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General interest items edited by Janice Flahiff

Stumped by a problem? This technique unsticks you

From the 7 March 2012 Science News Daily article

Stuck solving a problem? Seek the obscure, says Tony McCaffrey, a psychology PhD from the University of Massachusetts. “There’s a classic obstacle to innovation called ‘functional fixedness,’ which is the tendency to fixate on the common use of an object or its parts. It hinders people from solving problems.” McCaffrey has developed a systematic way of overcoming that obstacle: the “generic parts technique” (GPT), which he describes in the latest issue of Psychological Science, a journal published by the Association for Psychological Science. The article also reports on McCaffrey’s test of GPT’s effectiveness. Its results: People trained in GPT solved eight problems 67 percent more often than those who weren’t trained, and the first group solved them more than 8 times out of 10.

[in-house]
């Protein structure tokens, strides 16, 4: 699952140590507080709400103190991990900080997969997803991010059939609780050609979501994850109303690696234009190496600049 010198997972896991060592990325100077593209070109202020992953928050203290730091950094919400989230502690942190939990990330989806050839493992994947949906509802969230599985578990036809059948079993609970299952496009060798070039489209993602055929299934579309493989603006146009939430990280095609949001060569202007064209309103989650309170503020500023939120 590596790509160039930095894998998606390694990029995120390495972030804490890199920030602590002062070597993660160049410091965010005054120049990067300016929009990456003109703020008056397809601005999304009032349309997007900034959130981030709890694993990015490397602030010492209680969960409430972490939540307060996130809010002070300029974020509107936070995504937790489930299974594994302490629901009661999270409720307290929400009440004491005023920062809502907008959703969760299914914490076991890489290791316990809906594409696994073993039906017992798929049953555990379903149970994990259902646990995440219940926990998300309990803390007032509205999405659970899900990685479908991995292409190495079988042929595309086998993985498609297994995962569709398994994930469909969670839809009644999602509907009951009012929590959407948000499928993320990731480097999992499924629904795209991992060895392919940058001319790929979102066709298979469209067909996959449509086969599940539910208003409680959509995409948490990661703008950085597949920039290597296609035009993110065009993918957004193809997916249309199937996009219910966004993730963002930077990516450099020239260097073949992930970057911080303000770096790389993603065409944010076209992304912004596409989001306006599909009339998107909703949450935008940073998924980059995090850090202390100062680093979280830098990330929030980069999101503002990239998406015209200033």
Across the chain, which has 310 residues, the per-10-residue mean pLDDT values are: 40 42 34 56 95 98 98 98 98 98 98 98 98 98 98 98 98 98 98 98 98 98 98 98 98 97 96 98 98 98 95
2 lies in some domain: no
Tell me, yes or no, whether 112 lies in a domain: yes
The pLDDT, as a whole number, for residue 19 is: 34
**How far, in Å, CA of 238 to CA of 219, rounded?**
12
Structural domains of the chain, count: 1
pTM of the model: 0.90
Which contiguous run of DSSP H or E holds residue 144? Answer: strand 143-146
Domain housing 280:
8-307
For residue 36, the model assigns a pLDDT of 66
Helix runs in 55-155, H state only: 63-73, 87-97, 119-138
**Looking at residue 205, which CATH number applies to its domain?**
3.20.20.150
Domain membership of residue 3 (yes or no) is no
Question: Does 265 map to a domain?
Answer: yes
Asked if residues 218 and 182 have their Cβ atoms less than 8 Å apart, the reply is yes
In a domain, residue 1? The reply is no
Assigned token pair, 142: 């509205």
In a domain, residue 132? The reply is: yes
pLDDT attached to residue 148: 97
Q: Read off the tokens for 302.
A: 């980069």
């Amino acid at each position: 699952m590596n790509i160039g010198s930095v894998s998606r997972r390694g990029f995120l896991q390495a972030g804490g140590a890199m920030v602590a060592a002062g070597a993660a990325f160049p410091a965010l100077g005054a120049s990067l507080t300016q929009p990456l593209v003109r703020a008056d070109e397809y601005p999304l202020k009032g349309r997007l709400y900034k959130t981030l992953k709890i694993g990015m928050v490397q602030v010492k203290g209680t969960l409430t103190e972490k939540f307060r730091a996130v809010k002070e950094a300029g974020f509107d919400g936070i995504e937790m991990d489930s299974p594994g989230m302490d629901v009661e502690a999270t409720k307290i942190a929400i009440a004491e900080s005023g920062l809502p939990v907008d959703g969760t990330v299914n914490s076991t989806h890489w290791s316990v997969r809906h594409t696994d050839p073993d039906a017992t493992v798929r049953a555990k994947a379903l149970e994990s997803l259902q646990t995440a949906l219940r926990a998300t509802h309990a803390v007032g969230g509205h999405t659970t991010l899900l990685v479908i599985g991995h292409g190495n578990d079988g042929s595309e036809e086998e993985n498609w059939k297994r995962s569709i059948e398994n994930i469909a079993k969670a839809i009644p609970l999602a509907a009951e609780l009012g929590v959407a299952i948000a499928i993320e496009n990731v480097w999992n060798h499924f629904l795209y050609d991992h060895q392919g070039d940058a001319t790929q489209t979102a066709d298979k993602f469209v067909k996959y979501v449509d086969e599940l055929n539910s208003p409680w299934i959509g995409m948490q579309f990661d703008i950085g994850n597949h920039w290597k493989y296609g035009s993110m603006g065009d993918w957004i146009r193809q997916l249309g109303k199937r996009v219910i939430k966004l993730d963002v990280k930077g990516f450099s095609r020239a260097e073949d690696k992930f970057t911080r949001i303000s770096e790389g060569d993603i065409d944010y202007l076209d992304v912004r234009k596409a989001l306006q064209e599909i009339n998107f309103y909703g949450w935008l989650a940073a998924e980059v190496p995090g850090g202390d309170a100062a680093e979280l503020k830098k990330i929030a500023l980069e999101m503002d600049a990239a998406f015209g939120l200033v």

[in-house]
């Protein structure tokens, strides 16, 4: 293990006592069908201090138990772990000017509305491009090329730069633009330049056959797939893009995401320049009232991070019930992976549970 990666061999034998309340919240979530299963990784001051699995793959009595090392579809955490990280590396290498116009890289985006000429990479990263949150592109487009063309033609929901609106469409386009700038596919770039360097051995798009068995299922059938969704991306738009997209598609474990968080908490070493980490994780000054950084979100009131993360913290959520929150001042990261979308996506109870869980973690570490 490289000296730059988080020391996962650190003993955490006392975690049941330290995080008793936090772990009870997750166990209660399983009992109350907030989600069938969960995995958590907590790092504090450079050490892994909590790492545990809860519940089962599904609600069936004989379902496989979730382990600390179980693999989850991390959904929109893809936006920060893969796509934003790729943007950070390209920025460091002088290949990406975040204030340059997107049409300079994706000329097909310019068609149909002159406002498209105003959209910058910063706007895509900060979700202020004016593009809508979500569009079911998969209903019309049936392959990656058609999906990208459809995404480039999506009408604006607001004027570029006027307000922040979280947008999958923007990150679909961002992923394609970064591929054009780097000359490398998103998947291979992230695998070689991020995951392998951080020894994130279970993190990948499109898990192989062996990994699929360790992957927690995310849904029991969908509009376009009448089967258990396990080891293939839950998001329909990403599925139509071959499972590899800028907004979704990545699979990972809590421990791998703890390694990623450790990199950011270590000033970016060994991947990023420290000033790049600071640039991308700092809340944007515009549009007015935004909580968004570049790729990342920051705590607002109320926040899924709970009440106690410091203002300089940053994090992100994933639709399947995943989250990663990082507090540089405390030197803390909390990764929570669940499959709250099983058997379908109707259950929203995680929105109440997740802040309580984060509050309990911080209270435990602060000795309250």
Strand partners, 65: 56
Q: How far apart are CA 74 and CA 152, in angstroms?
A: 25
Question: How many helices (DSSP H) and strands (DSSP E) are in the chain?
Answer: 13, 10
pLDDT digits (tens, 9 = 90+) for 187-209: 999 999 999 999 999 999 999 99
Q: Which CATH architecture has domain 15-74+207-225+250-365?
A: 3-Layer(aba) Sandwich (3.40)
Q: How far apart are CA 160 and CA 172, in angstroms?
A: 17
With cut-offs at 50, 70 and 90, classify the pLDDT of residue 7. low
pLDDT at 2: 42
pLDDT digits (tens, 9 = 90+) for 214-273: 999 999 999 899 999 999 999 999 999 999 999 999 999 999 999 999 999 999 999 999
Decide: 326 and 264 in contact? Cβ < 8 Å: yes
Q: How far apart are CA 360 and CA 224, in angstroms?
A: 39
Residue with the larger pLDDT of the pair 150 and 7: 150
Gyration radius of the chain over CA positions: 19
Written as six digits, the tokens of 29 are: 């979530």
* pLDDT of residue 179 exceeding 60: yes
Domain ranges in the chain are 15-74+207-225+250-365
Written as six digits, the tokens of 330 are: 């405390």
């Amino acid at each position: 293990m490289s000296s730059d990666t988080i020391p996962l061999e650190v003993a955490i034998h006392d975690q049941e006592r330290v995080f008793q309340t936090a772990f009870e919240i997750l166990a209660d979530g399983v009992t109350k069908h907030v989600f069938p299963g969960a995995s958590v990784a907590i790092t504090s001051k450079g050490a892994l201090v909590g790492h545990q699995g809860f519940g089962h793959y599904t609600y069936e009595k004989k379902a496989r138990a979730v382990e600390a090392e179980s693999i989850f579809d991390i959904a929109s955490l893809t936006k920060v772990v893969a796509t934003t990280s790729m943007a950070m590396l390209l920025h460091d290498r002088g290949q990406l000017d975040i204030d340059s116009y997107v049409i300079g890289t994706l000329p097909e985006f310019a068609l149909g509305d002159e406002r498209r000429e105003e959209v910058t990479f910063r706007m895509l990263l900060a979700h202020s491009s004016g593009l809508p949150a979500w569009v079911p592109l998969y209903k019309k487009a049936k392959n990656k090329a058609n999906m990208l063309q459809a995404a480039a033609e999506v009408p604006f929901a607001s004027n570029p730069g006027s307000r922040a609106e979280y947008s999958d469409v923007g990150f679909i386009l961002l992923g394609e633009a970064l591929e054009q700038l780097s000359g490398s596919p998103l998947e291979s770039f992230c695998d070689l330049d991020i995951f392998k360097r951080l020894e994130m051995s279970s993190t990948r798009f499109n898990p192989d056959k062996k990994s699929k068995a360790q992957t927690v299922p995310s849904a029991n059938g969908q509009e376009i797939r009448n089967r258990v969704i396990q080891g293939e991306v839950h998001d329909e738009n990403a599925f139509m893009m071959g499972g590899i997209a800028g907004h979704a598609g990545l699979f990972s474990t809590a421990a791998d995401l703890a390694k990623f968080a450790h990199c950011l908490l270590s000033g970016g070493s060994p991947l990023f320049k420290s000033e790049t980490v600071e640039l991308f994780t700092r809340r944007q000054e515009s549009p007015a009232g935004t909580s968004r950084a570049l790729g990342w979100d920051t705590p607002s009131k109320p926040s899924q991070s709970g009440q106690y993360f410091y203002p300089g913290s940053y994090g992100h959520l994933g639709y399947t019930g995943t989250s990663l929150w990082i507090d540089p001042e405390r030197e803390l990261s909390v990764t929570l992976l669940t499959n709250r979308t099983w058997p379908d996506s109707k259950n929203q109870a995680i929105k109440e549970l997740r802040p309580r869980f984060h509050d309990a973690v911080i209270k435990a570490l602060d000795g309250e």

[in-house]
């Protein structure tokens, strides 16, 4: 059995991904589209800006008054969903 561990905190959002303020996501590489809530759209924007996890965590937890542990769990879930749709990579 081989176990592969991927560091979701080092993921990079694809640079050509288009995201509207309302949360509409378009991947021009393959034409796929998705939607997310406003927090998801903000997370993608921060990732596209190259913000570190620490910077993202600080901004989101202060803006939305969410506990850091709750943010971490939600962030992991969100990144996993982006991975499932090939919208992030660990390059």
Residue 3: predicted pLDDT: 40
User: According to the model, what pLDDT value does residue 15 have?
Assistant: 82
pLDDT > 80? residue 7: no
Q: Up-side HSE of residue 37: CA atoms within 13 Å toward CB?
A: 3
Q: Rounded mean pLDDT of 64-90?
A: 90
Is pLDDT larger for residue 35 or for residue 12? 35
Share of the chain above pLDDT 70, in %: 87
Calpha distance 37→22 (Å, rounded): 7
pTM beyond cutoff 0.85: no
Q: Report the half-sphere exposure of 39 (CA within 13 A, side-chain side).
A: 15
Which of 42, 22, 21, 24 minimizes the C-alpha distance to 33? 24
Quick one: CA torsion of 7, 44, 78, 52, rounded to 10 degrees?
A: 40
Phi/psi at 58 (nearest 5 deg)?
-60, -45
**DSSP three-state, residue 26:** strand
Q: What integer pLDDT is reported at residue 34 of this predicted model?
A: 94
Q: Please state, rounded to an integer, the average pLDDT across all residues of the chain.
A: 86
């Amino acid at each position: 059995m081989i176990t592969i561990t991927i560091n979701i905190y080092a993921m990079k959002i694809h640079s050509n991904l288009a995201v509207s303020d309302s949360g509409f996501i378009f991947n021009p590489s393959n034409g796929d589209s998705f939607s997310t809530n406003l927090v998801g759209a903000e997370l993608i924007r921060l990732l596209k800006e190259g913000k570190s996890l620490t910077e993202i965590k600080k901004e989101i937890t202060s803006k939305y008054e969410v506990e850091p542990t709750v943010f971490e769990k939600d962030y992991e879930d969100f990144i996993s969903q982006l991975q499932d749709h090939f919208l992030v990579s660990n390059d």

Here’s how GPT works: “For each object in your problem, you break it into parts and ask two questions,” explains McCaffrey, who is now a post-doctoral fellow in UMass’s engineering department. “1. Can it be broken down further? and 2. — this is the one that’s been overlooked — Does my description of the part imply a use?” So you’re given two steel rings and told to make a figure-8 out of them. Your tools? A candle and a match. Melted wax is sticky, but the wax isn’t strong enough to hold the rings together. What about the other part of the candle? The wick. The word implies a use: Wicks are set afire to give light. “That tends to hinder people’s ability to think of alternative uses for this part,” says McCaffrey. Think of the wick more generically as a piece of string and the string as strands of cotton and you’re liberated. Now you can remove the wick and tie the two rings together. Or, if you like, shred the string and make a wig for your hamster.

McCaffrey has drawn his insights by analyzing 1,001 historically innovative inventions. In every one, he found, the innovator discovered an obscure feature or an obscure function….

March 12, 2012 - Posted by | Psychology | ,

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